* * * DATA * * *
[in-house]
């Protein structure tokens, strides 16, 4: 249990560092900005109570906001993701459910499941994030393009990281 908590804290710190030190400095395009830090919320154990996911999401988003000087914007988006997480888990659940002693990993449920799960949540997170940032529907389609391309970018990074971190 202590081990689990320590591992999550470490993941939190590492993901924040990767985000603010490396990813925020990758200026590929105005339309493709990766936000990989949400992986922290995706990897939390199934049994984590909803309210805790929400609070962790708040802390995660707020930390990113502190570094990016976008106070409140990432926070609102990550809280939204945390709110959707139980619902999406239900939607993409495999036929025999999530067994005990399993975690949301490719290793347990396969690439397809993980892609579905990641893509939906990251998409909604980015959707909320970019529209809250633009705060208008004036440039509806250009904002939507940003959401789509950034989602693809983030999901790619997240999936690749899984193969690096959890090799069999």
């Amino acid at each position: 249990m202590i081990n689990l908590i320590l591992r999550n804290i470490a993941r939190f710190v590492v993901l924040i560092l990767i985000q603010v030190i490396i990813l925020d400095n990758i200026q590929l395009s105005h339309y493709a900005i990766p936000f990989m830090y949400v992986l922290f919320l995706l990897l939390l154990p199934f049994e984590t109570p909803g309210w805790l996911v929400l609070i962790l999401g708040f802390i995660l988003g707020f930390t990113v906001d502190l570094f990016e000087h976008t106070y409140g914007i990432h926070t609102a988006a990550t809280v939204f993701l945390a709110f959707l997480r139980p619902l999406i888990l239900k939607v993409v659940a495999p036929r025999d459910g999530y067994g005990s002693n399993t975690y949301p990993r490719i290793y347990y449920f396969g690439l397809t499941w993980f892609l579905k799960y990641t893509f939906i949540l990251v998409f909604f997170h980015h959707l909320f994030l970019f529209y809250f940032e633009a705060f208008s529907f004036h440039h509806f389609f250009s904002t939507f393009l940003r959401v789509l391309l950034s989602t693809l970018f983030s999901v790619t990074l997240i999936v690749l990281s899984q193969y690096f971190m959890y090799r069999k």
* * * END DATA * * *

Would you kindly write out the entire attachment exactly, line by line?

[in-house]
């Protein structure tokens, strides 16, 4: 249990560092900005109570906001993701459910499941994030393009990281 908590804290710190030190400095395009830090919320154990996911999401988003000087914007988006997480888990659940002693990993449920799960949540997170940032529907389609391309970018990074971190 202590081990689990320590591992999550470490993941939190590492993901924040990767985000603010490396990813925020990758200026590929105005339309493709990766936000990989949400992986922290995706990897939390199934049994984590909803309210805790929400609070962790708040802390995660707020930390990113502190570094990016976008106070409140990432926070609102990550809280939204945390709110959707139980619902999406239900939607993409495999036929025999999530067994005990399993975690949301490719290793347990396969690439397809993980892609579905990641893509939906990251998409909604980015959707909320970019529209809250633009705060208008004036440039509806250009904002939507940003959401789509950034989602693809983030999901790619997240999936690749899984193969690096959890090799069999």
């Amino acid at each position: 249990m202590i081990n689990l908590i320590l591992r999550n804290i470490a993941r939190f710190v590492v993901l924040i560092l990767i985000q603010v030190i490396i990813l925020d400095n990758i200026q590929l395009s105005h339309y493709a900005i990766p936000f990989m830090y949400v992986l922290f919320l995706l990897l939390l154990p199934f049994e984590t109570p909803g309210w805790l996911v929400l609070i962790l999401g708040f802390i995660l988003g707020f930390t990113v906001d502190l570094f990016e000087h976008t106070y409140g914007i990432h926070t609102a988006a990550t809280v939204f993701l945390a709110f959707l997480r139980p619902l999406i888990l239900k939607v993409v659940a495999p036929r025999d459910g999530y067994g005990s002693n399993t975690y949301p990993r490719i290793y347990y449920f396969g690439l397809t499941w993980f892609l579905k799960y990641t893509f939906i949540l990251v998409f909604f997170h980015h959707l909320f994030l970019f529209y809250f940032e633009a705060f208008s529907f004036h440039h509806f389609f250009s904002t939507f393009l940003r959401v789509l391309l950034s989602t693809l970018f983030s999901v790619t990074l997240i999936v690749l990281s899984q193969y690096f971190m959890y090799r069999k």